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Lights Out is based on the same name spooky 2013 short film by it’s director David F. Sandberg, expanded to feature film length by writer and producer Eric Heisserer. It tells the story of a women named Sophie (Maria Bello) who has a history of emotional problems that has her now talking to what her daughter, Rebecca (Teresa Palmer) and son Martin (Gabriel Bateman) first think is an imaginary person. Soon, though, a malevolent entity starts to appear with harmful intent towards both Paul and Rebbeca. As they investigate this malicious presence, they find that “Diana” was once quite real and despite having a skin condition that made her allergic to sunlight, she had a reputation for being pure evil and was feared by those around her. She was also institutionalized as a girl at the same time as their mother and Sophie was her only friend till she died. Has Diana returned from the grave to bring grievous harm to anyone who stands between her and reuniting with Sophie, including Sophie’s own children?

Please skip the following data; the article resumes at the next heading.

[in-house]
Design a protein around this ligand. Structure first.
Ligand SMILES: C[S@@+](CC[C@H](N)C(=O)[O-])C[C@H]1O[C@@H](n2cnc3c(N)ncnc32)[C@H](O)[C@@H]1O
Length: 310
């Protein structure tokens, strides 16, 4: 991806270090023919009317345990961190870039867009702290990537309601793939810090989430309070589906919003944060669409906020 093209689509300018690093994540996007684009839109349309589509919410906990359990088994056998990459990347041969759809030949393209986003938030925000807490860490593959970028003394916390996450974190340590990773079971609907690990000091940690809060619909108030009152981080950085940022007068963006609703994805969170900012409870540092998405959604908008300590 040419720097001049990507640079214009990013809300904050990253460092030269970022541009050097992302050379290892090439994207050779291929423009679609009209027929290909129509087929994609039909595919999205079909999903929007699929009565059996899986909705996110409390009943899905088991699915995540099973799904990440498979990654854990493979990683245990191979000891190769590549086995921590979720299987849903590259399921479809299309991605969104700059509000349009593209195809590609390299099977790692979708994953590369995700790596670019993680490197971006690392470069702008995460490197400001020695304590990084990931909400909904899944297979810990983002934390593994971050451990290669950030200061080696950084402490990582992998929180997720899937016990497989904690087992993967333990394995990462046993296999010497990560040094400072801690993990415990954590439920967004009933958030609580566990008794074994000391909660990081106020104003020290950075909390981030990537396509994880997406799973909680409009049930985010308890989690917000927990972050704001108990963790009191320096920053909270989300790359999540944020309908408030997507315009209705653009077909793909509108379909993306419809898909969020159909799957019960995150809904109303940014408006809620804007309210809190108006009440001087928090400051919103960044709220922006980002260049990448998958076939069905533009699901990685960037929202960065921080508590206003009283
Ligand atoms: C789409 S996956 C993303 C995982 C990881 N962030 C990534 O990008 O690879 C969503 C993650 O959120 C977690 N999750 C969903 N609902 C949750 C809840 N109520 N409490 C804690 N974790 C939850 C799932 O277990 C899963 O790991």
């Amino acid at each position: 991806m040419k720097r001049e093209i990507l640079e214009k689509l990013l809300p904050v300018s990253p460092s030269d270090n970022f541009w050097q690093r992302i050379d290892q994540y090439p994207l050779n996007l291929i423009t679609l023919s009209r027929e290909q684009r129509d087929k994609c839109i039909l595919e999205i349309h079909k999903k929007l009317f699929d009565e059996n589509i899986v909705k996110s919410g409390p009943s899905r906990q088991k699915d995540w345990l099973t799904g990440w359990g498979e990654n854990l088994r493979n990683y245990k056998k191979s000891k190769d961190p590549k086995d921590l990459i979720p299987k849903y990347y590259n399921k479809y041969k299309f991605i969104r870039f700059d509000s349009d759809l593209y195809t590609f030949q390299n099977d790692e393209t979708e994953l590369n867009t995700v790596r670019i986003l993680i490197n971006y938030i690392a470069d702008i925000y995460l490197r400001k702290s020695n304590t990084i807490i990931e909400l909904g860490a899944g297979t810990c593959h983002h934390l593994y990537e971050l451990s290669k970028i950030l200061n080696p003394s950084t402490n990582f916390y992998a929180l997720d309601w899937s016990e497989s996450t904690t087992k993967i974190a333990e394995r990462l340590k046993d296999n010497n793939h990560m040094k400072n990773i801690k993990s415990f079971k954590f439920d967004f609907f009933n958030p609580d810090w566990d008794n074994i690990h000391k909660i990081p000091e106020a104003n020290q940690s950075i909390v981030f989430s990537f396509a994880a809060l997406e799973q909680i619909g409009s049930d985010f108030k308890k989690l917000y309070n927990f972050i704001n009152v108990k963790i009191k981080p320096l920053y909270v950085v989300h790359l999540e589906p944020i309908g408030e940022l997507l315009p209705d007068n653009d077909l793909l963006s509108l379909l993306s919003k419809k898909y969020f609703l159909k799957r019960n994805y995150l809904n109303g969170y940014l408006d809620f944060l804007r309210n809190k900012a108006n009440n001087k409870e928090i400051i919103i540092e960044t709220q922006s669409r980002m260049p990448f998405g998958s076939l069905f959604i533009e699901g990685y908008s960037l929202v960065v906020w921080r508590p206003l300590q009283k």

While far from a masterpiece, Sandberg actually delivers a fairly effective and spooky little movie with some legitimately creepy sequences beyond the plethora of jump scares. For the most part he gives Diana (Alicia Vela-Bailey) a presence of malice and this helps make her a threat whenever the lights go out…and they often do. As she was allergic to the sun in life, Diana now cannot stand light, which gives Sandberg many opportunities to keep us looking nervously in dark corners and being wary when power outages occur or flashlights grow dim. And for the most part, he has a good time with it. There are a few silly moments too and there are far more jump scares than outright chills, but it’s entertaining enough and works more than it doesn’t. The PG-13 rating keeps things from getting too gruesome, but there is some violence and the film has an intense last act to keep us in our seats. Sandberg shows he might have some potential and we’ll have to wait to see if he can scare us beyond his original short concept and it’s feature film expansion.